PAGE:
“We’re certainly not trying to replicate a system that was present in 1770,” says Sebastian Burgess. “But rather we’re looking for a landscape that has ecological function; a landscape that is sympathetic with agricultural objectives but also functions as a natural ecosystem.” Burgess is the Director of Conservation for the Tasmanian branch of non-government organisation [NGO] Greening Australia, one of the first NGOs to work in the sector of environmental protection and regeneration.
Greening Australia's work even predates that of Landcare, another group committed to land stewardship. Previously, Greening Australia acted, as Burgess describes it, “as everything for everybody across the whole country”, but over the past decade, it has reshaped its strategy to focus on a smaller number of catchments and geographic areas to develop long-term land management plans in consultation with local farmers, government and industry bodies. “We use the best science to understand the issues facing those landscapes, and source revenue from wherever we can to execute our plan.” Greening Australia is an industry partner for three Australian Research Council projects, arming it with more than 15 PhD candidates and post-doctoral staff to assist with the implementation of its groundwork.
Recently, Burgess and his team’s focus has been on the Tasmanian Midlands, comprising the areas surrounding the towns of Conara, Campbell Town, Ross and Tunbridge. The team's efforts are collectively known as the Tasmanian Island Ark program. One of the world’s last refuges for threatened animals, Tasmania is home to a host of animal species now extinct on mainland Australia. In response to this threat, Greening Australia is working to reverse the decline of biodiversity, and to reconnect people with nature, in what is a globally significant landscape. With the Tasmania Island Ark project, the organisation is aiming to re-create more than 6,000 hectares of habitat across the island state to create a stronghold for Australia’s critically endangered animals, and revitalise local farming communities through on-ground and educational programs.
Wool-growing was one of the first enterprises in Tasmania after European settlement in 1778, with the Midlands one of the first areas to be settled for agriculture. Prior to the arrival of immigrants, most of the landscape was made up of open grassy woodlands, as depicted in some of the early colonial paintings of English-born artist John Glover, following some 60,000 years of Aboriginal management of the land. This made it possible for grazing without the land first being cleared. “This was ideal country for woolgrowers to move into,” explains Burgess. “It was a low-input, relatively sustainable system. But any system does need conservation, and the ideal is to maintain the system in equilibrium: if sheep grazing can be managed effectively you can create a balance with nature.”
The results speak for themselves. To date, Greening Australia, in collaboration with local woolgrowers, has restored more than 1,000 hectares of the landscape by planting some 250,000 native plants in grassy woodlands and river-flats; and enhancing an additional 200 hectares of existing native vegetation for conservation purposes. These numbers are particularly astounding when one considers the relatively small size of Tasmania. It is no wonder, then, that its Macquarie riparian restoration work – which has seen some 35 km of the banks of Tacky Creek, and the Macquarie and Isis Rivers, replanted with native plants – is one of the largest revegetation projects in Australia.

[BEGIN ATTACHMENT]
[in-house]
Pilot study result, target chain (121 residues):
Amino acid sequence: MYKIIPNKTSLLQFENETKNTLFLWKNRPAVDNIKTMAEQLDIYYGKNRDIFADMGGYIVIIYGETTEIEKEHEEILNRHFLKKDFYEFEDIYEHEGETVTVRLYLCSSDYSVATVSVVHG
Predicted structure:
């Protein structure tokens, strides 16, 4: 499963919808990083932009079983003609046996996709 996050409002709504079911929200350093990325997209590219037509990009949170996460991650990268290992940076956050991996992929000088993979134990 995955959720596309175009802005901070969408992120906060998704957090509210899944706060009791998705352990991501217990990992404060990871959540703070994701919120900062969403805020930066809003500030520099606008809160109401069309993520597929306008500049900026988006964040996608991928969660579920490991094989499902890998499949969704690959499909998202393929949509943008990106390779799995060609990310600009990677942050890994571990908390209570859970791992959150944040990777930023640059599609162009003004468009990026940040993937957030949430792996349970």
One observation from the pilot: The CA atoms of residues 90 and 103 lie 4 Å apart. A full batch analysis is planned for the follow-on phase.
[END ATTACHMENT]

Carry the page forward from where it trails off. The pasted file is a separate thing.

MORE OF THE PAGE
The concomitant benefits for native endangered species are considerable, with ongoing monitoring of populations of eastern quolls, spotted-tailed quolls, eastern barred bandicoots, Tasmanian devils, eastern bettongs and woodland birds, among others, on the rise. “We have seen around the world that native animal populations are crashing, and that whole movement is what we want to get away from here in Tasmania,” explains Burgess of his mission. “Much of our work, then, is about reducing or managing threats – increasing habitats, maintaining clear waterways, managing weeds – to try and hit that equilibrium.”
This challenge is made even greater by the rapidly changing climate. “The increasing number of multiple very hot days will have an impact on native vegetation, new plantings and animal welfare. But within that we can manage what we can by providing more shelter [through the planting of trees] and providing more resilience to farming in general. That’s our endpoint, and I’m convinced we can reach that. It might take a couple of decades, and we’re not sure what farming enterprises will look like then, but we’ve set a target to restore the Midlands area, to rebuild primary wildlife corridors, and find that balance between ecological function and maintaining a viable farming landscape.”
Woolgrowers, which make up the lion’s share of landholders in the region, have embraced Greening Australia’s project. “In most cases what we’re doing isn’t reducing their available land for production. They’re not losing acreage, but rather they’re receiving shade from tree canopies, which adds to the wellbeing of their livestock,” says Burgess. Most farmers maintain some areas of locked-off land for conservation, and the benefits of environmental conservation and regeneration contribute to a better end-product. “Farmers want to see more of this, and they’re very supportive of what we’re doing at Greening Australia. Absolutely, we have limited resources, but we’re certainly not having any difficulty recruiting growers, so the future looks bright.”